Where do we hear the cries? Taste the thirst for justice? Refugees fleeing, women sexually assaulted, black lives ignored, Indigenous girls missing…
Where do we see the wounds? Melting permafrost, fracked earth, tailings ponds, tanker spills… Continue reading “Water is the blood that flows through this wounded body”
2016 TORONTO GOOD FRIDAY WALK TO FOCUS ON WATER
Jesus’ cry from the cross, “I am thirsty,” is the impetus for this year’s Ecumenical Good Friday Walk for Justice in downtown Toronto.
On the traditional territory of the Mississaugas of the New Credit First Nation, we will walk in the Lake Ontario Waterfront watershed, starting on the shore of Lake Ontario at Harbour Square Park, just west of the ferry docks at the foot of Bay Street. Participants will gather at 2 p.m., then proceed north on Bay Street, stopping at ‘stations’ along the way to decry the unjust use of the divine gift of water leading to environmental degradation and vast numbers of refugees.
The Walk will end at the Church of the Holy Trinity (just west of the Eaton Centre) for a brief worship service and message from Jennifer Henry, Executive Director of Kairos. “The health of water is about the health of our communities — not only the quality of our relations with the earth community within watersheds, but also the nature of relationships with Indigenous peoples as the original custodians of water,” Henry says.
A simple supper will take place there at approximately 4:00 p.m. A freewill offering will support the efforts of participating social justice organizations.
As Jesus cried out in thirst from the Cross, we too thirst for justice – for the environment and for all creatures adversely affected by systems that misuse or destroy Earth, our sacred home.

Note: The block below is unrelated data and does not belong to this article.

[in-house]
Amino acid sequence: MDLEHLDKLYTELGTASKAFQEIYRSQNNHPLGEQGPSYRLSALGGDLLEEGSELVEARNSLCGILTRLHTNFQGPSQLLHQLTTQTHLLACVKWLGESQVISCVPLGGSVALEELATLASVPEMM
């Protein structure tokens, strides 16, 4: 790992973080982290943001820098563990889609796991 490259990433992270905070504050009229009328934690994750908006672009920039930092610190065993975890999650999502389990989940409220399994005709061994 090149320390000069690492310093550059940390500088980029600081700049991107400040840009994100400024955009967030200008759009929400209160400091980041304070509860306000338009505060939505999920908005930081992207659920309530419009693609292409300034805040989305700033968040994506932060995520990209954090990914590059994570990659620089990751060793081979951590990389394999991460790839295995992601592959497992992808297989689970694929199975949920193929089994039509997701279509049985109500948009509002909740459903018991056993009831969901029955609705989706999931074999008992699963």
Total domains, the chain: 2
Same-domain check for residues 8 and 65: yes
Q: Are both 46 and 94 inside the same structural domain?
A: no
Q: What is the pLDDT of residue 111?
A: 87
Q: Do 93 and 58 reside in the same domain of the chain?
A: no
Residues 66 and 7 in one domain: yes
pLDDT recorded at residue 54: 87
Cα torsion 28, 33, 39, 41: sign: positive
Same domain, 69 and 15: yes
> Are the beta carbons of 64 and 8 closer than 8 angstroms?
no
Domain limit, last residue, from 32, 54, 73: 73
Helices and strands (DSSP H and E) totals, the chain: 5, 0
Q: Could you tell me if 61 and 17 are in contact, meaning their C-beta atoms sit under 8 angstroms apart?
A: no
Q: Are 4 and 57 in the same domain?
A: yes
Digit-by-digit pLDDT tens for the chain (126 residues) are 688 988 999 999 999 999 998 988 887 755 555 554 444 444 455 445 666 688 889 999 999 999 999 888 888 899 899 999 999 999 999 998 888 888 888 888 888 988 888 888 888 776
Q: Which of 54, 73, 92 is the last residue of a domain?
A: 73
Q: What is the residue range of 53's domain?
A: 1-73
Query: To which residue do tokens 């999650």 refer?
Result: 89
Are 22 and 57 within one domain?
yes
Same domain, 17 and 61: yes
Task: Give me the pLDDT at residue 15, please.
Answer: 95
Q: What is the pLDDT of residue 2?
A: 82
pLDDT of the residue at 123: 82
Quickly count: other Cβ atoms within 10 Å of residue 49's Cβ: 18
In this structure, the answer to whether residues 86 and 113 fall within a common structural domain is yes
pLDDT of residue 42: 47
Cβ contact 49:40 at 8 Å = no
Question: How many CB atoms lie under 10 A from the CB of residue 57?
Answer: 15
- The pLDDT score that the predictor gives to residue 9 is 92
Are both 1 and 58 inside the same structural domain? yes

History of the walk and past walk pictures on their website.
I stumbled across a great article online. I think it puts the struggle to be faithful today in a helpful light:
Our job is to offer the wisdom of scripture: “Seek justice, love kindness, walk humbly with God.” …
Admittedly, it is a very wide mandate. So much justice-seeking to be done – justice for the land, suffering from runaway oil and gas exploitation and factory farms that are anything but kind. Justice in the face of agri-business that seeks a quick profit, not the long, slow, humble walking with the seasons and the soil that sustains it for our grandchildren. Justice for workers, suffering from anti-union legislation and secret trade deals that disempower them. Justice-seeking as new security legislation threatens to turn CSIS into a secret force, policing those whose legitimate protests – against a pipeline, say – might be construed as “interference with critical infrastructure.”
Read the whole article at EssentialSpirituality.com.
Keepers of the Water: A Vigil of Lament and Celebration
Church of The Holy Trinity
Wed, Jan 14, 2015 at 6:30 pm
Presiding, Bishop Mark MacDonald
We won’t save a place we don’t love;
we can’t love a place we don’t know;
and we can’t know a place we haven’t learned.
– Ched Myers
KAIROS: Watershed Discipleship